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"DUETT—John and Princess.

Prin. " The dearest form my childhood knew,
"Delighted here I trace,
"With every charm my fancy drew,
"And every princely grace.

John. l< Oh, Ludy, think, while thus you sigh,
"How false I)is heart may prove;
"He may, like those frail colours, fly,
"And basely scorn thy lo»e.

|"** Ah no, | th^sc | eyes of heavenly blue,
I Proclaim a heart as fond as true l
Bolh' < J [j'L!,(] | barter all the world to bo

So dearly lov'd, if lov'd by | j^V. | lt(At the conclusion" she shews him the Picture).

John. Heavens! my own portrait. Prin. Your's !—This is the Prince. John. I am the Prince. (Dropping on his knee). Prin. Ah! fairly caught at last. When next you use disguise, "beware of John of Paris."

(Shews the Letter). (Pedrigo enters at the moment, and the Chamberlain on the opposite side).

Ped. Hey! mercy on us! but I thought how 'twould be—I said he'd take possession of her, and he has done it—he's done it!

Cham. Do my eyes deceive me!— Does the Princess suffer at her feet—

John, Her husband! (Rising)—Is that so surprising, Sir?

Pea. Ah, is that so surprising? (to Cham.)

Cham. Husband !—Oh scandalous! abominable!

Ped. Oh scandalous, abominable! (to John.)

Cham. Consider, Madam, who you are—consider what the world will say.

Prin. The world will say I have made a prudent choice.

Cham. An acknowledgment! You are merry —but let me hope this jest will not be repeated before witnesses.

Enter Villagers, with Rosa, &c.

John. Does my Lord Chamberlain believe I wish to wed clandestinely? No. Be witness all, that I, John of Paris, take the most illustrious Princess of Navarre to wife.

Ped. His wife!

Cham. What, publicly declare it! Pray, Madam, as publicly deny it.

Prin. Friends, I confirm it—in John of Paris, behold my husband.

Cham. I'm thunder-struck!—I must do my duty. In the King's name, and by virtue of my authority, I charge you all, lay hands on John of Paris.

John. Knights, advance!

(They suddenly appear with the Banners, &c. &c. led by Vincent.—John throws off his open garment, and shews his Order).

Cham. Do I dream !—The Hereditary Prince ef France!

John. Even so.

Ped. And Mr. John's man!

Cham. Oh, Sir, my fault was not intentional.

(On his knee to John).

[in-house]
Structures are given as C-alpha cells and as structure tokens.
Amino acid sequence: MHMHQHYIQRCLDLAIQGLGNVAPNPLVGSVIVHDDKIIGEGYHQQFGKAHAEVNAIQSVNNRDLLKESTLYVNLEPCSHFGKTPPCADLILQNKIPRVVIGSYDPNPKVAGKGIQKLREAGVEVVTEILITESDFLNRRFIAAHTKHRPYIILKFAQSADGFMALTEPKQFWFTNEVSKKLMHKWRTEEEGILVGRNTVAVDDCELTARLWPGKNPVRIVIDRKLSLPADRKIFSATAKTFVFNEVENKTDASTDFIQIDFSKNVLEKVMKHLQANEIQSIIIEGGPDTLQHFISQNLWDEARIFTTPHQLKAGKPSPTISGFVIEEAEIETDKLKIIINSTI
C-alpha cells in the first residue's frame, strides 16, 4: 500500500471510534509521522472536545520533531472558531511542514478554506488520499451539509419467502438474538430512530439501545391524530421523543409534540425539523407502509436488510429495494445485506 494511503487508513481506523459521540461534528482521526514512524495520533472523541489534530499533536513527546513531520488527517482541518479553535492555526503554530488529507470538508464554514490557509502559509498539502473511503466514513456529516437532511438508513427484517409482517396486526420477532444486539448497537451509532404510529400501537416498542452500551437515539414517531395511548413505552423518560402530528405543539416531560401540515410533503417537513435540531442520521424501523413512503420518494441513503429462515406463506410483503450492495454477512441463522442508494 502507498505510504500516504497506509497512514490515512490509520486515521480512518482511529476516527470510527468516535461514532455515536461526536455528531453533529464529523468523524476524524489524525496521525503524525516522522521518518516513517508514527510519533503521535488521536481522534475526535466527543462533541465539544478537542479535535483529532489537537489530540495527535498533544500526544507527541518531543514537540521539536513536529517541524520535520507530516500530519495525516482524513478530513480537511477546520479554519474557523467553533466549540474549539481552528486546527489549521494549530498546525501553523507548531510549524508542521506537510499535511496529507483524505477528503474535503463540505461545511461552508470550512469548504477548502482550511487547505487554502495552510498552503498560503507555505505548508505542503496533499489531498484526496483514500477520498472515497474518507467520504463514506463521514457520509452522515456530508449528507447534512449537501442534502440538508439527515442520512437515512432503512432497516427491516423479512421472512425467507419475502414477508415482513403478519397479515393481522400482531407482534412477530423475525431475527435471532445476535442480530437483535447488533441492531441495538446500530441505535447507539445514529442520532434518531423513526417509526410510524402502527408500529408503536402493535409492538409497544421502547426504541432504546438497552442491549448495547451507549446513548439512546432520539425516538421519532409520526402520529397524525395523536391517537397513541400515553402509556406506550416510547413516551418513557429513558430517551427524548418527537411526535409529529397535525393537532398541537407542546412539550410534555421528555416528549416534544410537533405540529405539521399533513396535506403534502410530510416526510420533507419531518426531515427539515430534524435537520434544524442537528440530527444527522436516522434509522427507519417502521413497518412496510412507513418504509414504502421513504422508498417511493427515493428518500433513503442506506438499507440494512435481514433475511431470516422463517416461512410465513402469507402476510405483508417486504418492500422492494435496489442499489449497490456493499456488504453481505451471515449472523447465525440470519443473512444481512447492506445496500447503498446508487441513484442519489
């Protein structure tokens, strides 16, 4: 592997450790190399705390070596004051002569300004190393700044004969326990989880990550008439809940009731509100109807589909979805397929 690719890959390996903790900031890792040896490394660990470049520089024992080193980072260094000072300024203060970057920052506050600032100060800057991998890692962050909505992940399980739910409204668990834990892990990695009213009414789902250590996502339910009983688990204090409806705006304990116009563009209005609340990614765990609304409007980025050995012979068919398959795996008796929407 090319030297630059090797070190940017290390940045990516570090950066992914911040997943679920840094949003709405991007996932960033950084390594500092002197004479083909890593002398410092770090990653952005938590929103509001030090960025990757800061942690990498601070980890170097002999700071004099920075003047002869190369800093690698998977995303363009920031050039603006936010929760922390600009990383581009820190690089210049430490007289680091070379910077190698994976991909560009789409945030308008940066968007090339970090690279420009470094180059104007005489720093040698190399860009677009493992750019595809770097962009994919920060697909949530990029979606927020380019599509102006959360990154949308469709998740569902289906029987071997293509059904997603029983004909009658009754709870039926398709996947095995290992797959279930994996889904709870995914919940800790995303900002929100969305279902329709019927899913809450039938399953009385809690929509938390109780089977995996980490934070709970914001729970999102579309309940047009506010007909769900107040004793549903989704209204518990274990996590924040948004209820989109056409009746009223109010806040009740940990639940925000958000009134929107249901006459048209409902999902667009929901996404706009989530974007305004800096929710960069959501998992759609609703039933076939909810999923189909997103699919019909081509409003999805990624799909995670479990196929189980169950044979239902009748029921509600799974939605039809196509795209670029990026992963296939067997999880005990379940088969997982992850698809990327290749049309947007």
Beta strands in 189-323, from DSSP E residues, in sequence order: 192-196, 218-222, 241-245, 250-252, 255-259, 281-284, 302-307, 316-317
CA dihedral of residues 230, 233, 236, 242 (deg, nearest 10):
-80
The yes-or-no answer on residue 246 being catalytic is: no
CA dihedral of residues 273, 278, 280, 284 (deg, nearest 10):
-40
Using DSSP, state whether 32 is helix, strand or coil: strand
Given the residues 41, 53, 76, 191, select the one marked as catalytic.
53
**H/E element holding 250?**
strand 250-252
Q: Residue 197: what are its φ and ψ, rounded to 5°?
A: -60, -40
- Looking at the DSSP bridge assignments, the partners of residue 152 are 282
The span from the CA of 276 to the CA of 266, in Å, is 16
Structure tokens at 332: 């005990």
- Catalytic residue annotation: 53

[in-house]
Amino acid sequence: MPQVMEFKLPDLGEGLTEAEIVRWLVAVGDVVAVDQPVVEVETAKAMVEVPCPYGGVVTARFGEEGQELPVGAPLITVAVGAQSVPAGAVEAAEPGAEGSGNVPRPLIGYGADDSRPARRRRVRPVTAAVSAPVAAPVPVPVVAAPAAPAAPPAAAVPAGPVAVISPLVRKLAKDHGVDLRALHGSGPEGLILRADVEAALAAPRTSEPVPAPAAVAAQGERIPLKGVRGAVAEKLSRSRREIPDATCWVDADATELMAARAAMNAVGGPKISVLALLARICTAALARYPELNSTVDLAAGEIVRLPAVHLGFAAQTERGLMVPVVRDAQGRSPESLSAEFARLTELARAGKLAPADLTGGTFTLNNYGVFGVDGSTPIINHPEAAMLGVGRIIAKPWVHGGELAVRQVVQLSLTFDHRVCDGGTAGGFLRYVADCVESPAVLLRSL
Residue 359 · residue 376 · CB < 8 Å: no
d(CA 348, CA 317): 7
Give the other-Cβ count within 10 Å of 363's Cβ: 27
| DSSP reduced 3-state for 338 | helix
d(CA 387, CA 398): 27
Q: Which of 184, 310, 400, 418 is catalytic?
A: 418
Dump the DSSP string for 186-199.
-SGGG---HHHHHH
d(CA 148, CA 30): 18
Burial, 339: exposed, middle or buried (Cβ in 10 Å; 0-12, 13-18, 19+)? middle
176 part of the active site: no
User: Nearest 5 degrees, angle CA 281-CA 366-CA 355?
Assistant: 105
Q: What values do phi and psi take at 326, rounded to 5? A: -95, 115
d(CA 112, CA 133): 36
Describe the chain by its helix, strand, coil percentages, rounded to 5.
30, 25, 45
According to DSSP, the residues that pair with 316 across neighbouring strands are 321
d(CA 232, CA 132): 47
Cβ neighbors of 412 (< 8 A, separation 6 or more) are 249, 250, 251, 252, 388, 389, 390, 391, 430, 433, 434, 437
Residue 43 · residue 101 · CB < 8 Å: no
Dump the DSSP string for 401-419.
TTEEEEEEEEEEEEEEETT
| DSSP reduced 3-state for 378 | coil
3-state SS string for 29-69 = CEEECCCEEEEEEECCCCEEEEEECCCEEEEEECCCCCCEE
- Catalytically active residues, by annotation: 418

Ped. (Dropping on his knees to Vincent) Oh, Mr. John's man, my fault was not intentional—I never wish'd to offend a customer—every body knows Pedrigo Potts. (Dolefully).

John. In this happy union, all is forgottenall forgiven, and the meanest person present shall partake our joy.

Ped. The meanest person! (jumping up) then Pedrigo Potts is a happy man,—such an event makes an hotel for ever!—I'll call it Royal, clap a new sign over my door, pay particular attention to all comers, and not one I hope will leave the house, without finding good entertainment at John of Paris.

FINALE.

"Joy! joy! joy!
*' Joyful shout in choral throng!
"Loud and full the strain prolong',

"To Beauty high

"And Chivalry,
"Minstrels ever raise the Song—

"Joy ! joy ! joy!"

FINIS.

%* Owing to the length of the Piece, the first Song after John'* entrance in the First Act, the Duett in the Second Act; and the Finale, were, after the first representation, omitted.

London Printed by II. M'Millan, f
Bow Sunt, Cerent Cardon. %

Publishing in Weekly Numbers, (Price One Shillinc eneh), By John Miller, Bow-Street, Coveni-Harden;

TO CONTAIN

ALL THE PLAYS

IOBMERLY ADAPTED TO THE STAGE

By MR. KEMBLE,

And Revised by him, with Additional Alterations. Now first uniformly printed as they are performed at THE THEATRES ROYAL.

PLAYS ALREADY PUBLISHED.

No.

1. King Richard the Third.
S. Othello.
*. Hamlet. •* ..

4. Venice Preserved.

5. Coriolanus.

6. Cato.

i

i>o.

7. Julius Caesar.

8. Romeo and Juliet.
Q. Isabella.

10. Macbeth.

11. Fair Penitent.

12. The Revenge.

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